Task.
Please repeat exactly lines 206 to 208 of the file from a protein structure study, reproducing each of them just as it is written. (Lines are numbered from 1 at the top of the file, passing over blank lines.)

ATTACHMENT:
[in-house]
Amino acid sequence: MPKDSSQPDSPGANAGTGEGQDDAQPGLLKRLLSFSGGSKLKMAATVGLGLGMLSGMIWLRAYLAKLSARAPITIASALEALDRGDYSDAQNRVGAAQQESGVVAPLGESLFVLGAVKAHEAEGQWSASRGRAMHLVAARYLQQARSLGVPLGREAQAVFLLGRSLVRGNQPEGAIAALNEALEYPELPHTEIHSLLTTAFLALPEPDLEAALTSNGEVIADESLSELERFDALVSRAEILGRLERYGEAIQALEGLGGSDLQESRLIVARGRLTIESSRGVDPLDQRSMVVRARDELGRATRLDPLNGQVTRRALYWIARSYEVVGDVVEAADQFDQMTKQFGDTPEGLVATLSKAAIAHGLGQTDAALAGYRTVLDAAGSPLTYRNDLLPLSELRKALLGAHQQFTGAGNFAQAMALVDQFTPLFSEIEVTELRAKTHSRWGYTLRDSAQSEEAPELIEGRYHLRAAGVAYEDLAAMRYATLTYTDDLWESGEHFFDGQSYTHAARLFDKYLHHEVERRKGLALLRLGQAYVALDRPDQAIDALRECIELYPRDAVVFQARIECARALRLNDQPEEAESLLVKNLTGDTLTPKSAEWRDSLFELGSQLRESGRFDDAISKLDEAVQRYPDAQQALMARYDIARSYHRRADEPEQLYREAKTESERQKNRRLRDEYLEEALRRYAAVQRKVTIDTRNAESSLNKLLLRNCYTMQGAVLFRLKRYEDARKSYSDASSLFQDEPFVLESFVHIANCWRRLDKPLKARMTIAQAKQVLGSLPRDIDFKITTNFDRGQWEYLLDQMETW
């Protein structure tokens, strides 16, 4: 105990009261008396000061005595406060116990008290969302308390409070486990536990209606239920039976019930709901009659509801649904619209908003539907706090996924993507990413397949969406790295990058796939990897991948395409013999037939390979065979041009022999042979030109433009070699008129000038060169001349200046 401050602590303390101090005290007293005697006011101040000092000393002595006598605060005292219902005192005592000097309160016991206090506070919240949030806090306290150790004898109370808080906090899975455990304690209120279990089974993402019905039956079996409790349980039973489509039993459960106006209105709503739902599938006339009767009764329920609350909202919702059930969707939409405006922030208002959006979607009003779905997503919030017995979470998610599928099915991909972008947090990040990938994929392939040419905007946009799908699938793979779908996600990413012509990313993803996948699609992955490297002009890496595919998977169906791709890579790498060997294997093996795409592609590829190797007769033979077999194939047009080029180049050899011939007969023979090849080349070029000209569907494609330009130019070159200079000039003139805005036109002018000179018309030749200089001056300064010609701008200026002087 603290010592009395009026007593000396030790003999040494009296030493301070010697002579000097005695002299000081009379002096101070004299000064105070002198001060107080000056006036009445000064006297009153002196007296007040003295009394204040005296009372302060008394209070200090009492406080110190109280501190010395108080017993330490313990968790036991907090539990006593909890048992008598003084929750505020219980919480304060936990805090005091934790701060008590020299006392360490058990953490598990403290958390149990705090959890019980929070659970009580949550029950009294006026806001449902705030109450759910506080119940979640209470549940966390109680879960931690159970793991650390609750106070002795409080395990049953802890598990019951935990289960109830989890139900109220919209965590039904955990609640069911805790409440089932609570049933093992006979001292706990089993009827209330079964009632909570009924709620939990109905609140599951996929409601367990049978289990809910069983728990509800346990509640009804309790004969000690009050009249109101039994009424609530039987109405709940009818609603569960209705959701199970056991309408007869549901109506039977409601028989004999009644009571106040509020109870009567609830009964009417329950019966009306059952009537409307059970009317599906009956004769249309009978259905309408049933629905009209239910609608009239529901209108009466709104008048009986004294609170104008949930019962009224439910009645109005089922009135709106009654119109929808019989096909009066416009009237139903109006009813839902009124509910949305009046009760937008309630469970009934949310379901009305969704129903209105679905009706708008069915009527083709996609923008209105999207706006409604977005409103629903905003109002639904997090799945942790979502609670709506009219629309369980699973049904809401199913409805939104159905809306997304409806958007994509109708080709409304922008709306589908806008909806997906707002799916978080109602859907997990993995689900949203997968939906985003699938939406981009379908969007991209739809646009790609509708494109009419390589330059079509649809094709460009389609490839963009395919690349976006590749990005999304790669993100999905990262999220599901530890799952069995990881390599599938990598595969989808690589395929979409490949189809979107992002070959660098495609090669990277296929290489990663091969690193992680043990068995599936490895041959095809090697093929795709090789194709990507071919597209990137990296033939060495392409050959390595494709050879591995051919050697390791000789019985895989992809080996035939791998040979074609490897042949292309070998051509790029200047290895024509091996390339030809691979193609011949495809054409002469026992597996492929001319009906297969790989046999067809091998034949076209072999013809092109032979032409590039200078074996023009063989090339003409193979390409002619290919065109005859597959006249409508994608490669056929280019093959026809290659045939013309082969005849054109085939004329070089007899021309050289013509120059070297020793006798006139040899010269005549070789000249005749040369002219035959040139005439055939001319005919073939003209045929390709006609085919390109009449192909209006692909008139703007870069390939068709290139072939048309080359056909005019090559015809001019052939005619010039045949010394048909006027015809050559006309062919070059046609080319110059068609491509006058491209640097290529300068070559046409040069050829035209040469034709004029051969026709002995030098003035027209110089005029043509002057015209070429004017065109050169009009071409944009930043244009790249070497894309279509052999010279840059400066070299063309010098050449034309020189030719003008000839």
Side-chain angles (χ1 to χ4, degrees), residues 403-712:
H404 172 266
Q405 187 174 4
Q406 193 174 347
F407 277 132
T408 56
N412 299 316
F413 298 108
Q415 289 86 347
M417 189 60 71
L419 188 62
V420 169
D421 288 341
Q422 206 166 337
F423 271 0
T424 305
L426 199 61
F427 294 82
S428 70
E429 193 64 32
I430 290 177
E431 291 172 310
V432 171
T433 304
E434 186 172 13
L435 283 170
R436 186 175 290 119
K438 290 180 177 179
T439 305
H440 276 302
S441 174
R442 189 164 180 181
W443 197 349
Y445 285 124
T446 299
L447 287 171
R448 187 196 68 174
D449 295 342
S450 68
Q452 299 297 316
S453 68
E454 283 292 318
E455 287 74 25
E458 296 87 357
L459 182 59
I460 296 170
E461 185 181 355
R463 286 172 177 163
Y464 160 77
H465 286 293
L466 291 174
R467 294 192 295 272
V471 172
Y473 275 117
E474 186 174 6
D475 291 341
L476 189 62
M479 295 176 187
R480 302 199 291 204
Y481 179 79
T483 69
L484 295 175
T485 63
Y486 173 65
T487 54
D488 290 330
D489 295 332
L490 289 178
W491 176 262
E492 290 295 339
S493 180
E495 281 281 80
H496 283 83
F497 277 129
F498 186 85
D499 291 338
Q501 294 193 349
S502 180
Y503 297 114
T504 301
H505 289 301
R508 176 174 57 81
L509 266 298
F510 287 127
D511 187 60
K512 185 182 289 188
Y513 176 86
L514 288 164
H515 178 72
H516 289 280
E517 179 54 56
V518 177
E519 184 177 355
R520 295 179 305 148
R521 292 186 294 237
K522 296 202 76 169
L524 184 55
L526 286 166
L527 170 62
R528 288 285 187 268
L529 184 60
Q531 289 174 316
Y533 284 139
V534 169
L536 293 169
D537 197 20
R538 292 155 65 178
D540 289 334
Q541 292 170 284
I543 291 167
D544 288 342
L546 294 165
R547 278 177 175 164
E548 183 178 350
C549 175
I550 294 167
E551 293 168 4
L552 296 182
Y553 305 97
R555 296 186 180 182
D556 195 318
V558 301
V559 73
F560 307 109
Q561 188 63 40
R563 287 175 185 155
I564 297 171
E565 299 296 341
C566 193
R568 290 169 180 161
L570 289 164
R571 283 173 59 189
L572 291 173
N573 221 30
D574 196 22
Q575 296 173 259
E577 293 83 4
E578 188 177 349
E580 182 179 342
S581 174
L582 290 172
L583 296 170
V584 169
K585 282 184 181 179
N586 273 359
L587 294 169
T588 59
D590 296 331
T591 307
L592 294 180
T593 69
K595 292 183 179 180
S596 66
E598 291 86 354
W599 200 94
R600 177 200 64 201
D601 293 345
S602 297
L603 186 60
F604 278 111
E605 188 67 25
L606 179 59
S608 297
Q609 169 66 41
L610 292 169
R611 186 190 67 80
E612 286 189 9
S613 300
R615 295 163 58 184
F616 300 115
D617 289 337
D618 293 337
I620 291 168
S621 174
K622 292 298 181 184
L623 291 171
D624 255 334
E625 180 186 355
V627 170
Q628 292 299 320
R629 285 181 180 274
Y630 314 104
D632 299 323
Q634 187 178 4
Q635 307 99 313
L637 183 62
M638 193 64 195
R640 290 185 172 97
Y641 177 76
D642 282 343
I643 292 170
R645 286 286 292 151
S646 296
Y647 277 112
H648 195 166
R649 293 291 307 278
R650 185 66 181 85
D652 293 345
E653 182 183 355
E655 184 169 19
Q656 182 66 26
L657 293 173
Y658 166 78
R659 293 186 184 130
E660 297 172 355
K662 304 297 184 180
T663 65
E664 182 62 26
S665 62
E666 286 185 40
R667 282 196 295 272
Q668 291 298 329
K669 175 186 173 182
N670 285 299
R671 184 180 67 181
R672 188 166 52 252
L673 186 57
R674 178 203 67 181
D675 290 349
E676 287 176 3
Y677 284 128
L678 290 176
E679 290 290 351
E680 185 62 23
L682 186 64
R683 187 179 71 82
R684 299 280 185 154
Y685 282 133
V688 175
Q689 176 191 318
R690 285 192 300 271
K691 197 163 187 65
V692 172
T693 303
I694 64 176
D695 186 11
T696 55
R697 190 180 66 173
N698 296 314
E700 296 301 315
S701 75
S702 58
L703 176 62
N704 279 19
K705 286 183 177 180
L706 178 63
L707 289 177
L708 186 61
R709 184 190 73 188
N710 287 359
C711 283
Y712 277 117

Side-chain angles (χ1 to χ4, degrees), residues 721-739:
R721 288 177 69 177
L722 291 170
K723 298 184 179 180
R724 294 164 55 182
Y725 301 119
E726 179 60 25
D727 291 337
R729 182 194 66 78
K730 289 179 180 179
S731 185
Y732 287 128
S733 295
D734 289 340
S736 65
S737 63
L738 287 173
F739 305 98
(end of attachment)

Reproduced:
Y658 166 78
R659 293 186 184 130
E660 297 172 355